But "nice" doesn't always cut it, especially when you use it to avoid confrontation and direct communication. True kindness isn't afraid to look someone in the eye and tell him or her the truth, even if we know that this isn't what he or she wants to hear. You will garner much more respect for yourself and your beliefs if you act on kindness and honesty rather than "niceness."

Unfortunately, school doesn't teach conflict resolution; churches don't either. Often we do not learn it at home, so we step into workplaces either unwilling to confront, or—at the other extreme—unwilling to resolve conflicts. If conflict is not dealt with, it can manifest as obnoxious attitudes and discontentment.

Are you able to resolve conflicts, simply and efficiently, seeking out the common good? When confronted, can you listen to what the other person is saying or do you talk over them, debating or defending yourself?

Can you forgive the other person so that you do not pollute the environment with hostility? If not, your gifting, education, or skill may take you to a higher level and give you opportunities, but your poor character will ultimately destroy everything you work hard to accomplish.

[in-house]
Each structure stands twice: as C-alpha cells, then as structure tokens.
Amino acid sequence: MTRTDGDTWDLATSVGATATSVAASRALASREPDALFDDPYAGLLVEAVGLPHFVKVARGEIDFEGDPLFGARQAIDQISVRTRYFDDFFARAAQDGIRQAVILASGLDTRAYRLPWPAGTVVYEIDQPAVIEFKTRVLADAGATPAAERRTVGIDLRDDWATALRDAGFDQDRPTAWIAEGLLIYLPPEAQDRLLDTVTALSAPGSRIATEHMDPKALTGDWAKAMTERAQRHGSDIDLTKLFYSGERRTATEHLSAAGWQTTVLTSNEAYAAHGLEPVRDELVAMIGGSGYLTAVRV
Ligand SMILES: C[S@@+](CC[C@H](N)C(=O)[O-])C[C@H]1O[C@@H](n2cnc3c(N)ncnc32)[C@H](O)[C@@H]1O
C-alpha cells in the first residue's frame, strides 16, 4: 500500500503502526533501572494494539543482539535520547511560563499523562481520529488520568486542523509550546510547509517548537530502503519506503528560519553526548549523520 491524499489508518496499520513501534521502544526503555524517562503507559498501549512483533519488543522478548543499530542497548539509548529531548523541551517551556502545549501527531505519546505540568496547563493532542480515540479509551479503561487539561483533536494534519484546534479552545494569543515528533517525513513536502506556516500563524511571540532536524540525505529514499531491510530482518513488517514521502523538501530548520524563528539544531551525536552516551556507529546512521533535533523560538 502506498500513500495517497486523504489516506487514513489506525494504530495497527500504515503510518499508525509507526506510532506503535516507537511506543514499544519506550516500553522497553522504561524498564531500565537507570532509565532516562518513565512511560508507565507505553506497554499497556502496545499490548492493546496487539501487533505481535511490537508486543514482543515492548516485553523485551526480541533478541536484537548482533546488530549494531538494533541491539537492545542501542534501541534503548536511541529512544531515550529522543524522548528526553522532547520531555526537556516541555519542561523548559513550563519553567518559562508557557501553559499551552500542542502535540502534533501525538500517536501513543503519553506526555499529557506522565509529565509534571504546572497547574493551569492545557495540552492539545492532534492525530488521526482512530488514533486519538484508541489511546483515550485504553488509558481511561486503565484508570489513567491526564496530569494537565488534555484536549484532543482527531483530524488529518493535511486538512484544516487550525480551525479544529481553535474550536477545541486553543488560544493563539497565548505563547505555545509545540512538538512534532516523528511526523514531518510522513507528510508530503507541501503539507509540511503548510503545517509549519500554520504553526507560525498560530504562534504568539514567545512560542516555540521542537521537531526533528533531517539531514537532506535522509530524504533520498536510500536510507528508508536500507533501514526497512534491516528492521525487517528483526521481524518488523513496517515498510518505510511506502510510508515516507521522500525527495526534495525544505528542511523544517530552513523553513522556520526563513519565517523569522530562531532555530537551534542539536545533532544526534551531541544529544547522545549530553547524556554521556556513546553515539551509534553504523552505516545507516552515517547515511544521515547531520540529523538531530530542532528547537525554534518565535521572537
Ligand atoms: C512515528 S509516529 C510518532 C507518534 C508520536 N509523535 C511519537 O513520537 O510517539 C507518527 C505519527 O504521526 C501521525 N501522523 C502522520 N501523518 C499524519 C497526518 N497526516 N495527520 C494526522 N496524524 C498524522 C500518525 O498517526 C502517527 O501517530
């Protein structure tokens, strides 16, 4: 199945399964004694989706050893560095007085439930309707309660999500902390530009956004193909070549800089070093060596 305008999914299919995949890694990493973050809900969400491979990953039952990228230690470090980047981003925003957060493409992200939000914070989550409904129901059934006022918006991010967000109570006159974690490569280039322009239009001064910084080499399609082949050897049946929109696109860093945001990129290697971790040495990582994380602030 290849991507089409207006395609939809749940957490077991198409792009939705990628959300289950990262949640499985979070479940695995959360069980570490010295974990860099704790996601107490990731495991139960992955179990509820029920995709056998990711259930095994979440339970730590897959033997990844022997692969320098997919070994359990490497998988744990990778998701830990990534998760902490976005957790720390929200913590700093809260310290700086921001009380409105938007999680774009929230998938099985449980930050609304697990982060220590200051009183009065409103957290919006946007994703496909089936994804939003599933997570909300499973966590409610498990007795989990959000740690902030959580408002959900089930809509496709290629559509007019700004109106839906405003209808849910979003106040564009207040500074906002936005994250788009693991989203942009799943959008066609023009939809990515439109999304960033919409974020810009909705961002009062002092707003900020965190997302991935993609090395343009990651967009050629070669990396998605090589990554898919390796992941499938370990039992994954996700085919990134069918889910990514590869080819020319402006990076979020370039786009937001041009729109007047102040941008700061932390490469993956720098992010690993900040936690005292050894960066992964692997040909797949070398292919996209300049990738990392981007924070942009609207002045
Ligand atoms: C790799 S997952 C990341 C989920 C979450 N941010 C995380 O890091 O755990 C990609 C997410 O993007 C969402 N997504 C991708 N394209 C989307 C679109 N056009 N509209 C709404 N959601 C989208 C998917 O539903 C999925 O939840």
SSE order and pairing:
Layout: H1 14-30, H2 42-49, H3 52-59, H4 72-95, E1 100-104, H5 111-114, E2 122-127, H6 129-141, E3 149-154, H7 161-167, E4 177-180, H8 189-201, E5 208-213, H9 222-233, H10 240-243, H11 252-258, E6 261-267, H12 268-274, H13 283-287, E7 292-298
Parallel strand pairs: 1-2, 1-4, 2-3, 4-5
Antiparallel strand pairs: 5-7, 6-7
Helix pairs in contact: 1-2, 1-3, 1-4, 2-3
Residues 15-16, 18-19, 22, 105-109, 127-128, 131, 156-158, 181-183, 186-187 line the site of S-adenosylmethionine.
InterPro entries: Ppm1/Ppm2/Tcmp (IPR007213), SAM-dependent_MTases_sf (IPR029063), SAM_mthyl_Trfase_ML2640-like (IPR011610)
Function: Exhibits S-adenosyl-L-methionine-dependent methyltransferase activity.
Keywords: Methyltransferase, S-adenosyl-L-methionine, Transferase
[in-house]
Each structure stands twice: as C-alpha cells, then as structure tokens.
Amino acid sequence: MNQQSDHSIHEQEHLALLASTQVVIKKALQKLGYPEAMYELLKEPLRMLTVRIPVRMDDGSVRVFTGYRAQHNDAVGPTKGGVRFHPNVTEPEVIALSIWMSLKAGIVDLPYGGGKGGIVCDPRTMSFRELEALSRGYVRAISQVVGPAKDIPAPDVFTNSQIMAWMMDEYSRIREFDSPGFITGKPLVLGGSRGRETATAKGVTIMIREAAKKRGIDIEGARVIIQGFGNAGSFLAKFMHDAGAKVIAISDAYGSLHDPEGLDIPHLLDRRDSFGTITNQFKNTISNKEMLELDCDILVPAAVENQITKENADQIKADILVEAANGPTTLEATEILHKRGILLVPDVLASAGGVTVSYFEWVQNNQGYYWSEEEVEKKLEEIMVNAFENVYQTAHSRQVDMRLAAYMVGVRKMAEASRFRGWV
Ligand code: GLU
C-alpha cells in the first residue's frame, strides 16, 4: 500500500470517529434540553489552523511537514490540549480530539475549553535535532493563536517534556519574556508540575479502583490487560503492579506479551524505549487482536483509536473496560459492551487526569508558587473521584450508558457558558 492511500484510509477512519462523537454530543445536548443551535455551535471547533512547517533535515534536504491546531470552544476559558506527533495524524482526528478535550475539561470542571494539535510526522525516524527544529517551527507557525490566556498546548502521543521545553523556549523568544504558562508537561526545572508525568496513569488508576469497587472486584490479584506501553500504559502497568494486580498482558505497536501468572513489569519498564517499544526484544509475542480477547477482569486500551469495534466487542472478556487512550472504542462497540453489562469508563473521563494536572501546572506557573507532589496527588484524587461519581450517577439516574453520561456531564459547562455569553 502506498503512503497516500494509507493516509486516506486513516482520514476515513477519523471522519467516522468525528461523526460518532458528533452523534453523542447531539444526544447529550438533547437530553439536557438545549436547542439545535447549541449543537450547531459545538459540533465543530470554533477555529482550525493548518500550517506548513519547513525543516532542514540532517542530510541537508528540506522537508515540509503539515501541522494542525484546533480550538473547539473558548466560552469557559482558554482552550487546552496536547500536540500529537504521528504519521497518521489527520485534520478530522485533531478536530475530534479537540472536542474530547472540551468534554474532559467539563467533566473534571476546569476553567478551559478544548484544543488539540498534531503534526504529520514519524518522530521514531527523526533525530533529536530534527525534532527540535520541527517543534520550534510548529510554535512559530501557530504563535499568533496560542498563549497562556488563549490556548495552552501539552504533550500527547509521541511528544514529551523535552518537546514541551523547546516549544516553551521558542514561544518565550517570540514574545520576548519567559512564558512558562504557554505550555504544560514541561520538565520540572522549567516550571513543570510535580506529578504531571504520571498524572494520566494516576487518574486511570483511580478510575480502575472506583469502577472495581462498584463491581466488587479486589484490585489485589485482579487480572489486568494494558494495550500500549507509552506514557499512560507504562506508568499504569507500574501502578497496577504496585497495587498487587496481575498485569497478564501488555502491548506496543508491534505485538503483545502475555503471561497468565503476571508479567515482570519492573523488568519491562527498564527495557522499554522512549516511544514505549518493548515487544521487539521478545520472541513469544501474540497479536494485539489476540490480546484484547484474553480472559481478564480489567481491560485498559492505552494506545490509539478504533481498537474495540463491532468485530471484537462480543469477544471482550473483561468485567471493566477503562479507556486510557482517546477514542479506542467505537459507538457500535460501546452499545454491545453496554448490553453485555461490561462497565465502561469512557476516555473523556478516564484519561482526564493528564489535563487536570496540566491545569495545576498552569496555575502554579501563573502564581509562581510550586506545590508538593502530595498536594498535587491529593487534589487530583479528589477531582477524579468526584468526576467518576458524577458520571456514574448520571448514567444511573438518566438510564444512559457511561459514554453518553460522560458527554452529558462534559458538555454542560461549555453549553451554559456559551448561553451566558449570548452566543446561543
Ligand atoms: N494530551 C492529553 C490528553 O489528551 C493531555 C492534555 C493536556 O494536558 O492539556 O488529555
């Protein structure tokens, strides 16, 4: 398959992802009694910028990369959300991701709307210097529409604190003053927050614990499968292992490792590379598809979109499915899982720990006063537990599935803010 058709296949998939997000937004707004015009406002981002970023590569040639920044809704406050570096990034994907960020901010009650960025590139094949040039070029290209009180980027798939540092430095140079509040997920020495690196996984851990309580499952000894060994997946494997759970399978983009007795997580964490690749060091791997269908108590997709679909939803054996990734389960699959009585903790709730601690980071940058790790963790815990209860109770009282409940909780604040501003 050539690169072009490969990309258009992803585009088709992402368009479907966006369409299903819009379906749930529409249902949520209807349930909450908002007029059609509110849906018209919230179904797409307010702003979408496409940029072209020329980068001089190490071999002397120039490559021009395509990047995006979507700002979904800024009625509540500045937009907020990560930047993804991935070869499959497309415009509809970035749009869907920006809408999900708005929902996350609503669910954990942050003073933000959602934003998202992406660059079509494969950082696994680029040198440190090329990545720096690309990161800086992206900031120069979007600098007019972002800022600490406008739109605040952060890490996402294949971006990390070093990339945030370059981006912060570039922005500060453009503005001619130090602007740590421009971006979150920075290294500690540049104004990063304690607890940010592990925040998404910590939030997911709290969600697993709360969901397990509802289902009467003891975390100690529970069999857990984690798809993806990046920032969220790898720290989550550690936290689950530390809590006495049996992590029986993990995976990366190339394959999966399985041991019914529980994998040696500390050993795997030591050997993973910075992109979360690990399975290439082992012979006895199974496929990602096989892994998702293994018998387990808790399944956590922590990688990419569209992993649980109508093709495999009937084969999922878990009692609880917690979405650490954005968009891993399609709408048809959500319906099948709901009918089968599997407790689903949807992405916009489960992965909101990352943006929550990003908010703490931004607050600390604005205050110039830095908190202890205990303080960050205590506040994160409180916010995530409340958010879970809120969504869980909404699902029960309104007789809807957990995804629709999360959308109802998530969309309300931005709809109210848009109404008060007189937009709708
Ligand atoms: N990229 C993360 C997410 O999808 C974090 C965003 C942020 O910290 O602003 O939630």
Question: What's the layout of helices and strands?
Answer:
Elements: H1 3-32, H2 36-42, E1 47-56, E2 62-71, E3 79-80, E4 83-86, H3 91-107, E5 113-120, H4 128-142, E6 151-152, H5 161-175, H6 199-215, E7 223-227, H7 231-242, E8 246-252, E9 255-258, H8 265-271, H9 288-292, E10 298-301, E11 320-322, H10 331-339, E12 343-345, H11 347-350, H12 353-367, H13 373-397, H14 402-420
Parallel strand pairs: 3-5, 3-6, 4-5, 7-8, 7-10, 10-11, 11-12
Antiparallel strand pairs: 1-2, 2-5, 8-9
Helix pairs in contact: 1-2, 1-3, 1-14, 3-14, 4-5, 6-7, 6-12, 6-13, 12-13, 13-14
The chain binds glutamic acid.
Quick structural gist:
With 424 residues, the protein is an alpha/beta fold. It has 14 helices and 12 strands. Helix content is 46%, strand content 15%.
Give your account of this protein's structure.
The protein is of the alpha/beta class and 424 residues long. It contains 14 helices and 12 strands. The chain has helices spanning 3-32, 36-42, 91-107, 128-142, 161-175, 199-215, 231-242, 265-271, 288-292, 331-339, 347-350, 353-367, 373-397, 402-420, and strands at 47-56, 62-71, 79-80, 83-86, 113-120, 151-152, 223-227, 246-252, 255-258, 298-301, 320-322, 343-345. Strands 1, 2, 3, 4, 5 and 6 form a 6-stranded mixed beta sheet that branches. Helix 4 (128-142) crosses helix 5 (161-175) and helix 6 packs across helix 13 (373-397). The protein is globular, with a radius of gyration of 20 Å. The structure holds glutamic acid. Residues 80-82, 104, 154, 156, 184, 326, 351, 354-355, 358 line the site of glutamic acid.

When reconciliation seems difficult, jealousy may be the underlying combustible that fuels some of those fiery relationships. The colleague who starts rumors about you may be envious of your gifts, your education, or your looks. The manager who seeks to undermine you at the board meeting may be jealous of your relationship with the boss.

If you sense jealousy is an issue with someone, make an effort at praising their strengths or commending them for work well done. I'm not advocating flattery or false praise; if your words come across as insincere, that will only escalate the problem. This is a great opportunity to subtly minister to someone by building up his or her self-confidence.

As surprising as it may be, other believers in a hostile work environment can often pose unexpected challenges. Instead of being each other's prayer partner or ally, you instead become competitive and combative, bringing out the worst in each other. If this occurs, you must stop and realize what the enemy is about.

If the devil can create dissention and division among believers in a given workplace, then he's killed two birds with one stone. He has not only diluted the potential power that you could all experience as a united energy cell of God's children, he's also used you to undermine your witness to nonbelievers.

LEARNING AND GROWING
When we learn to get along with all the various types of people in our workplace, particularly those we find challenging, there is a double benefit. Not only will our work go smoother, but we will also become better, stronger men and women.